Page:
What makes him so unusual? He agrees with the statement that religion is the opium of the people, and he feels burdened with his responsibility of being the one who administers this opium. Most of the story is told from the perspective of Angela Carballino, a woman around fifty years old who wants to record the memories of her early years. In her confessional memoir, she reveals that Don Manuel, the great man who had loved helping other people, had lived a life full of spiritual turmoil himself.
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Raised in a religious household and town, a firm believer in the Catholic religion. She lives in a village Valverde de Lucerna, situated between a beautiful lake and a solitary mountain. Her brother Lazaro wants her to be educated in a big city, away from the crude town so she is sent outside of the village to a larger city. Everyone here knows about Don Manuel.
His presence draws her back to her village where she becomes a personal assistant of sort for him. He is all about caring for his people, and they cling to him, and his magnificent voice, as an anchor, especially Blasillo, a mentally disabled man who hangs on his every word, representing the blind faith of the town.
Don Manuel greatly disliked being idle, alone with his own thoughts. He is determined to move his family to a larger and more progressive city. However, when his mother dies, her greatest wish is for him to convert for her, and just before she dies he promises to pray for her.
He eventually decides to convert to Christianity, or at least that is what he tells the town, and enters into the orbit of Don Manuel.
He never misses a mass, and becomes a disciple of sorts to Don Manuel. The day of his baptizing however he confronts Angela with the fact that neither he nor Don Manuel believe in resurrection,and both are unsure as to what happens after death, although Don Manuel claims at times to believe that a person dies completely, he is fairly uncertain and vague at others.
Don Manuel does know that his religion is the consoling of others, and nurturing the belief in an afterlife in his followers brings them consolation, which is why he will never tell them the truth.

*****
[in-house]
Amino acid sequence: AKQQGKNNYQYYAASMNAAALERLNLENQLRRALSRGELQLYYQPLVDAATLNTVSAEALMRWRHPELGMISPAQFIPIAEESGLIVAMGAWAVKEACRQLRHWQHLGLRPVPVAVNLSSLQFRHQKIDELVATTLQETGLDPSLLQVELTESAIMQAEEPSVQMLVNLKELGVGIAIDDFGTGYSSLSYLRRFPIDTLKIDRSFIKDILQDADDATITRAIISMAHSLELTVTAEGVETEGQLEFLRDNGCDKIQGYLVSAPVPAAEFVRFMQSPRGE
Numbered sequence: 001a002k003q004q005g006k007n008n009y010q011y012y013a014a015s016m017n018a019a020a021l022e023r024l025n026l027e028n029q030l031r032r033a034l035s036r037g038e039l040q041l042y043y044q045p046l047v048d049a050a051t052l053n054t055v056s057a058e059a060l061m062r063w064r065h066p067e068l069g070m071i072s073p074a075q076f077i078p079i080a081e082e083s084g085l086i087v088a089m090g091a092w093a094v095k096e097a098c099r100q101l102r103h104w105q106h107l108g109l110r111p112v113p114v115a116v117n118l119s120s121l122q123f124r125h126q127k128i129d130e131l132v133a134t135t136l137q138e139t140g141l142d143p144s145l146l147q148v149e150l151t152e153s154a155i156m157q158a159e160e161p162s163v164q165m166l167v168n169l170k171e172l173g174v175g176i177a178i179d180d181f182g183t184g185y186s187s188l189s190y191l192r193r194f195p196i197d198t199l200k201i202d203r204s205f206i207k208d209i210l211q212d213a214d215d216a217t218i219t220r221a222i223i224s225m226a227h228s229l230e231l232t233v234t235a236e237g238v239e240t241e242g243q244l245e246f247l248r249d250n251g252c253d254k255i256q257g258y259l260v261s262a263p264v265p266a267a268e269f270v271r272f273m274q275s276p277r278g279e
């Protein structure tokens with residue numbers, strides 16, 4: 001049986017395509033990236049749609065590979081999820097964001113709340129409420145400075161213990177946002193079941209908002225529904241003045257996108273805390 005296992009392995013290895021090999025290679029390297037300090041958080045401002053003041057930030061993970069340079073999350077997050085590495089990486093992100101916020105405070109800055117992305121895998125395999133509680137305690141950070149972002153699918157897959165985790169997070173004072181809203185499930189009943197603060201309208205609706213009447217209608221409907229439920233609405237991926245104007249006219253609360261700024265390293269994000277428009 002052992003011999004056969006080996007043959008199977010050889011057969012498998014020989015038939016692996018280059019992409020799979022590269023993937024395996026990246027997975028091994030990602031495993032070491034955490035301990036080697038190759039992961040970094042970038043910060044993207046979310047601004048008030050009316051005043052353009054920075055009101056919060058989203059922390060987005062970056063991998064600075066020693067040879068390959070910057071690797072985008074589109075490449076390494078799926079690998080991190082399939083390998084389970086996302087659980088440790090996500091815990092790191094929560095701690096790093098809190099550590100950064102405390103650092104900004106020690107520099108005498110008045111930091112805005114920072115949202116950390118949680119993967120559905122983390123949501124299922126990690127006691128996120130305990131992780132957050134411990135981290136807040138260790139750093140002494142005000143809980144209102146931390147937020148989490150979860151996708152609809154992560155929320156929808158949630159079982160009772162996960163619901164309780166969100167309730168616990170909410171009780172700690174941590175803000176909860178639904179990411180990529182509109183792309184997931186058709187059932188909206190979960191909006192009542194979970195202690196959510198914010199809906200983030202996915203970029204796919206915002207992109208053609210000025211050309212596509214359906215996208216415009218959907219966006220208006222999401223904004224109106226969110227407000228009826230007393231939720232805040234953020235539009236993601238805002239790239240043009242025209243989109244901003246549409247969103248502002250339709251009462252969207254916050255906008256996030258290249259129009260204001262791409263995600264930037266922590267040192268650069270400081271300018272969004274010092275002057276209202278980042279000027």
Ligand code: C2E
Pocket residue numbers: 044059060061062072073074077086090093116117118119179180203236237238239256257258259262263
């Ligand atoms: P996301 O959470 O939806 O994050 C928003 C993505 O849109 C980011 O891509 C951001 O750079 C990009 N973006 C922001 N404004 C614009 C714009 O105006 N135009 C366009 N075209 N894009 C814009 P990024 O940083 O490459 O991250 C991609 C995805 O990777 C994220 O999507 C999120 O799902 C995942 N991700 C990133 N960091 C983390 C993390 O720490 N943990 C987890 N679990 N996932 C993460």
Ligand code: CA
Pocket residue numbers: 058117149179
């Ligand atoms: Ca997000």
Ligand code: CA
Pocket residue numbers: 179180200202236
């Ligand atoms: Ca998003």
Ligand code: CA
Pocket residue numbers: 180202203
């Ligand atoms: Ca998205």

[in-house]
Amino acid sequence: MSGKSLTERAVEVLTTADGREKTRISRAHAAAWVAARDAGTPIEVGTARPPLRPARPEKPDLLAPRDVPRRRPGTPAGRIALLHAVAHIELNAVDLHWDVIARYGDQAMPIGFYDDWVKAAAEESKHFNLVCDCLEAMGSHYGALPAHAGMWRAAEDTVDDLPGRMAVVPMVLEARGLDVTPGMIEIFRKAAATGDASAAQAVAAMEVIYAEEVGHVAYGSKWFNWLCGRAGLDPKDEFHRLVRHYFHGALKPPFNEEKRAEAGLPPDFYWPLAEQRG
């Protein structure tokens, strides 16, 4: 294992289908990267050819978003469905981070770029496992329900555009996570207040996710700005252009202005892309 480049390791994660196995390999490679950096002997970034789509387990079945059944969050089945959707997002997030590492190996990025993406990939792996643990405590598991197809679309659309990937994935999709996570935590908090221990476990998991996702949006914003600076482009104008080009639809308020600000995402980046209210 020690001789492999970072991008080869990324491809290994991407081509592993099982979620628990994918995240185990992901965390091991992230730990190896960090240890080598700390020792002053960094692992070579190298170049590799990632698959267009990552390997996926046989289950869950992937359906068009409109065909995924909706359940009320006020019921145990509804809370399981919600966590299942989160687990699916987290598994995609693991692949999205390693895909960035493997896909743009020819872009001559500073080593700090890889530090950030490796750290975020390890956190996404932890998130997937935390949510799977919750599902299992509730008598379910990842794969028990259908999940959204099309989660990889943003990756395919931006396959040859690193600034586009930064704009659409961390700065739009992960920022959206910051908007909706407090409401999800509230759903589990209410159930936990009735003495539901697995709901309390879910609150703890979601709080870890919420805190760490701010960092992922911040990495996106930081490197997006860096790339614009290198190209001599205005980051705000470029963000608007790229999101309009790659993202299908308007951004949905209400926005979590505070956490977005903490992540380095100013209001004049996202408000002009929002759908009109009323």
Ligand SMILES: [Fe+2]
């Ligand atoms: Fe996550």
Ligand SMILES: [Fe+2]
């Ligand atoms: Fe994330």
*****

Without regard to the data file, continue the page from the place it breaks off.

Don Manuel is tormented by the possibility, and indeed as he sees it the probability, that there is no life after death, and lives in constant conflict with himself and with the prospect of suicide. He wants Angela to continue praying for all people, and to keep her faith, which she is able to do even though her spiritual advisor can not. Then he is taken to the church where he gives one final sermon, begging that the people continue to live a peaceful and happy life, and continue on with their faith.
Then they begin to pray, and as the reach the point in the Creed that talks about resurrection and life after death, Don Manuel passes, with Blasillo at his side. She writes a testament of the events that occurred in the town then hides them. The preceding chapters we discover are that testament.
She alone knew the truth behind Don Manuel, and she feels the need to capture it in some way, but she is unsure what to do with this truth. Unamuno then becomes the narrator. Angela had given him her story and he chose to publish it. I copy and pasted it but nothing shows up. That's is in Spanish language, so I'm not sure about it will be useful for you. Your Summary was so good! I read some other but yours was easiest to understand!
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San Manuel Bueno, Martyr Summary
Post a Comment Please understand that this weblog runs on a third-party comment system, not on Blogger's comment system. If you have come by way of a mobile device and can see this message, you may have landed on the Blogger comment page, or the third party commenting system has not yet completely loaded; your comments will only be shown on this page and not on the page most people will see, and it is much more likely that your comment will be missed. My translation: Now that the bishop of the diocese of Renada, to which belongs this, my village of Valverde de Lucerna, has begun to promote the cause of beatification of our Don Manuel, or, better, San Manuel Bueno, which is what he was for our parish, I wish to leave here written, as a confession, and only God, not I, knows what its end will be, all that I know and remember of that matriarchal man, who filled all the depths of my soul, who was my true spiritual father, the father of my spirit, of the spirit of me, Angela Carballino. Summary: The picturesque little village of Valverde de Lucerna sits beside a lake that reflects the nearby mountain. Close by is the ruin of an old monastery. According to local legend, there is a medieval town submerged beneath the waters, and if you listen carefully on St. John's Day, you can hear its church bells ringing.
It experiments with changes of narrator as well as minimalism of action and of description, and as such has been described as a nivola , a literary genre invented by Unamuno to describe his work. Its plot centers on the life of a parish priest in a small Spanish village. It was written in a period of two months at the end of along with two other stories, and was included on the Index Librorum Prohibitorum. The possibility that they may form a trilogy in three significant parts, or "partos" births as Unamuno suggested in the Prologue to the edition, has only recently been considered. The events of the novel occur in Valverde de Lucerna, a small village located on the edge of an idyllic lake. Legend tells that submerged beneath that lake exists a hidden city. The physical village and the legendary city serve as symbols of the spiritual and the material.